Dynamic Disks

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Dynamic Disks is a technology from Microsoft and Veritas Software (now owned by Symantec) that brings LVM and mdadm functionality to Windows. Dynamic Disks first appeared in Windows 2000, but the concept existed in a different implementation under Windows NT Server 4.0. This feature has been limited to the Professional, Enterprise and/or Server versions of Windows until Windows 7, wherein Home Premium users can create Simple (single partition), Spanned (JBOD), or Striped (RAID0) volumes. Unlike LVM and mdadm, Dynamic Disks always take up the entire disk. If the Dynamic Disk uses MBR partitions, one large partition will hold the data while metadata is stored outside the partition at the end of the disk. If the Dynamic Disk uses GPT partitions, two partition will be used -- a small one at the beginning to hold the metadata and a large one for the data taking up the remainder of the disk space.

Uses Under Arch Linux

LVM and mdadm are the preferred tools under Arch Linux. However, if the system is being dual-booted with Windows, Windows will not be able to read these setups. The usual course then is to attempt to use fakeraid using dmraid or to use network storage. However, network storage retrieval will be capped to 1Gb/s (119MiB/s) and getting RAID drivers loaded on an existing Windows installation can be daunting (if not impossible) if the Windows OS partition is installed on a drive that's on the very controller that you want to switch from AHCI to RAID. Even if you have a spare AHCI controller card, your system may not have enough space to hold two Option ROMs.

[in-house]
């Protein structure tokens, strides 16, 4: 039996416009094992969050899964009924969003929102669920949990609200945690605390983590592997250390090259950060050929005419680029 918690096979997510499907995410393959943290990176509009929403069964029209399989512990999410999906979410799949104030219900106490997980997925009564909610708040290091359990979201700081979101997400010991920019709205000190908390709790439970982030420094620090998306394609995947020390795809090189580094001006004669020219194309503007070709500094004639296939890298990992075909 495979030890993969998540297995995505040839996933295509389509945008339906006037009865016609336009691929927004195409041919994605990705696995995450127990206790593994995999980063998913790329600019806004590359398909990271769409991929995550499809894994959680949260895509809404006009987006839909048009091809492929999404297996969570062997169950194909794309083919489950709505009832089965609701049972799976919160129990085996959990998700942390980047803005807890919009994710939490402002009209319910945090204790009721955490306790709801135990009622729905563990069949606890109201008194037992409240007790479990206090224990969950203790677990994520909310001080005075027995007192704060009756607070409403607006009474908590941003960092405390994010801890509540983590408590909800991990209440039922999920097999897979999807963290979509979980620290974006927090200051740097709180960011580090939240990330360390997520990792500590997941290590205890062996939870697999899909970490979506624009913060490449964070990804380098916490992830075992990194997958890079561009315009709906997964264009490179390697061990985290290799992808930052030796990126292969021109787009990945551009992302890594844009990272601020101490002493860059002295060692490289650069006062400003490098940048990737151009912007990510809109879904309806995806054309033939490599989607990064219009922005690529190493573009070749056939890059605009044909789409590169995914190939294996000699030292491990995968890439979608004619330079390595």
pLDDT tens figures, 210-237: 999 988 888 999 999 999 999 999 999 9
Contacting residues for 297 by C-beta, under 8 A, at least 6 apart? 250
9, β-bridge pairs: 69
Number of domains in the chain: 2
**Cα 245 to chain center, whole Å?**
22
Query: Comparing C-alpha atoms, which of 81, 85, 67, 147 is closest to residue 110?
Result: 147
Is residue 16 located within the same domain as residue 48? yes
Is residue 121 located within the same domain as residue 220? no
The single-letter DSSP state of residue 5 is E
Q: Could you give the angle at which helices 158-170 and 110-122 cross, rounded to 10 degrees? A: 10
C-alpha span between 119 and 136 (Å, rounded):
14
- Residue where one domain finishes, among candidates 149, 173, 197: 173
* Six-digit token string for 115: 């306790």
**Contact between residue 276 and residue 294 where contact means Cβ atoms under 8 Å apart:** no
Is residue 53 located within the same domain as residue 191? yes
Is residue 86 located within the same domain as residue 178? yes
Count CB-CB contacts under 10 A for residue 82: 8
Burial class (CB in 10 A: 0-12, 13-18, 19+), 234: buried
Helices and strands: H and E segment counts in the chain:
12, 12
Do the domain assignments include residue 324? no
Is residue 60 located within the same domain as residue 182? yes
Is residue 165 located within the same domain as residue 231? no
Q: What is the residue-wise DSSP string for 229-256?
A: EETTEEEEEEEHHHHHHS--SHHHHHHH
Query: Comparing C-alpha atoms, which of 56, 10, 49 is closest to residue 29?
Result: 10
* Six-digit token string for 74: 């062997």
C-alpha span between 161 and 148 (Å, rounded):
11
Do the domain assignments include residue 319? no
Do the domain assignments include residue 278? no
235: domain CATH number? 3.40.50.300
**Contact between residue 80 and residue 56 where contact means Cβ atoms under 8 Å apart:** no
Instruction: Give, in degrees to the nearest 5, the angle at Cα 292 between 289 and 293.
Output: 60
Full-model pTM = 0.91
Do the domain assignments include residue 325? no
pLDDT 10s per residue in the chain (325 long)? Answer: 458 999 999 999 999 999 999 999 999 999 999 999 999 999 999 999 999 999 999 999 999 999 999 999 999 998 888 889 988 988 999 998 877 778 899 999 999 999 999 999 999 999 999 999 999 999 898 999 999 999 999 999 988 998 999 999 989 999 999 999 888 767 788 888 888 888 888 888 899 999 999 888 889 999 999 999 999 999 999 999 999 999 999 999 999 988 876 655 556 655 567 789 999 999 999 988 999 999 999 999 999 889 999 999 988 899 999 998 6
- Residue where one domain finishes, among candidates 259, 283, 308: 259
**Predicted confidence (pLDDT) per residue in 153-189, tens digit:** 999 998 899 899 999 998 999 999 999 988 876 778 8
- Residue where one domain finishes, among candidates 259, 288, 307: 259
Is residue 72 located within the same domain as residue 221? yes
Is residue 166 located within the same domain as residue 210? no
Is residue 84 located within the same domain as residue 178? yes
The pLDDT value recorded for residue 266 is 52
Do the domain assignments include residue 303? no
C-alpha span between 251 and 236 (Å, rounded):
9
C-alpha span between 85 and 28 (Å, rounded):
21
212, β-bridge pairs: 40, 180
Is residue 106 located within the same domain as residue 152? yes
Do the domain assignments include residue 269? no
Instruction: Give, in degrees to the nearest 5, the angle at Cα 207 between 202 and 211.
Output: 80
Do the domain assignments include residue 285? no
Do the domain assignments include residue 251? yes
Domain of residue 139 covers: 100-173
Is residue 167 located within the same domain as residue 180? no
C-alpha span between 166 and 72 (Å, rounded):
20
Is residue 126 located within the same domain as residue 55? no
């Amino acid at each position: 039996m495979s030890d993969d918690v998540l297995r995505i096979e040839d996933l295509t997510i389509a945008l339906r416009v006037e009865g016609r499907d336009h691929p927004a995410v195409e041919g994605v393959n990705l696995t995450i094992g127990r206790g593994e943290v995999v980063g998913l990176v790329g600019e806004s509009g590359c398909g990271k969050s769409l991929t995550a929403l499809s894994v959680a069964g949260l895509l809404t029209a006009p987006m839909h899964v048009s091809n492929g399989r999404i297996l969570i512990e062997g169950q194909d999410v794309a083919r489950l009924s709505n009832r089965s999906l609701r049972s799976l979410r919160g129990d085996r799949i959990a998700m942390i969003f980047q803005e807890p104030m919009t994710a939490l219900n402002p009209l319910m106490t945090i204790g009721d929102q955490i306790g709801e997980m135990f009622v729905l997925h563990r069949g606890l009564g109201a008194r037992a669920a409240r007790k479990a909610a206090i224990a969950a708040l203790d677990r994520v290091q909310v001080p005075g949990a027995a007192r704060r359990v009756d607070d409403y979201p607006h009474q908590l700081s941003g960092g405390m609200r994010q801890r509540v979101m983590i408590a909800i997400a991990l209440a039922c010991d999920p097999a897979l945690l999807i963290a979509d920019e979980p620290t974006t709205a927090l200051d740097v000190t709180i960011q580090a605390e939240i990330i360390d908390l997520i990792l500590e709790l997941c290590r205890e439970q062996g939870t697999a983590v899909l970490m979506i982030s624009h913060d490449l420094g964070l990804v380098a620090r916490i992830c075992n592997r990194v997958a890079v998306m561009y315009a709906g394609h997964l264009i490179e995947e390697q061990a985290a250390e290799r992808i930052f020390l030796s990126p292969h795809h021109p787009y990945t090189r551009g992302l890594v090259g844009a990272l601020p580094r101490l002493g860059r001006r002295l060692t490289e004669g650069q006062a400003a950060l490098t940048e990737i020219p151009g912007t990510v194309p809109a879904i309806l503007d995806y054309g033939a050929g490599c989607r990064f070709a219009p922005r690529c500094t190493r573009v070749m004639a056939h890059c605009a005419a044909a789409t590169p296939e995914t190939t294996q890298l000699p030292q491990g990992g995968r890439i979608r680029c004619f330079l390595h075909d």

Installing Support for Dynamic Disks

Note: This tool will only give you the ability to use Dynamic Disks in Arch Linux. For all other tasks, you will have to use Windows' Logical Disk Manager.

Install the ldmtoolAUR package. Once installed, ldmtool can be used to query and mount Dynamic Disks.

To find all disk groups:

# ldmtool scan

To find what volumes a disk group contains:

# ldmtool show diskgroup {diskgroup UUID}

To create individual device mappers:

# ldmtool create volume {volume name}

To create device mappers for all volumes in a disk group:

# ldmtool create volume {diskgroup UUID}

To create device mappers for all volumes in all discovered disk groups:

# ldmtool create all

System Integration

To get Dynamic Disks to behave like filesystems natively supported by the Linux kernel, use this systemd unit:

/etc/systemd/system/ldmtool.service
[Unit]
Description=Windows Dynamic Disk Mount
Before=local-fs-pre.target
DefaultDependencies=no
[Service]
Type=simple
User=root
ExecStart=/usr/bin/ldmtool create all
[Install]
WantedBy=local-fs-pre.target

Then enable ldmtool.service.

Once this setup is complete, you can add entries to /etc/fstab that reference Dynamic Disk volumes and have those mounted like any other volume.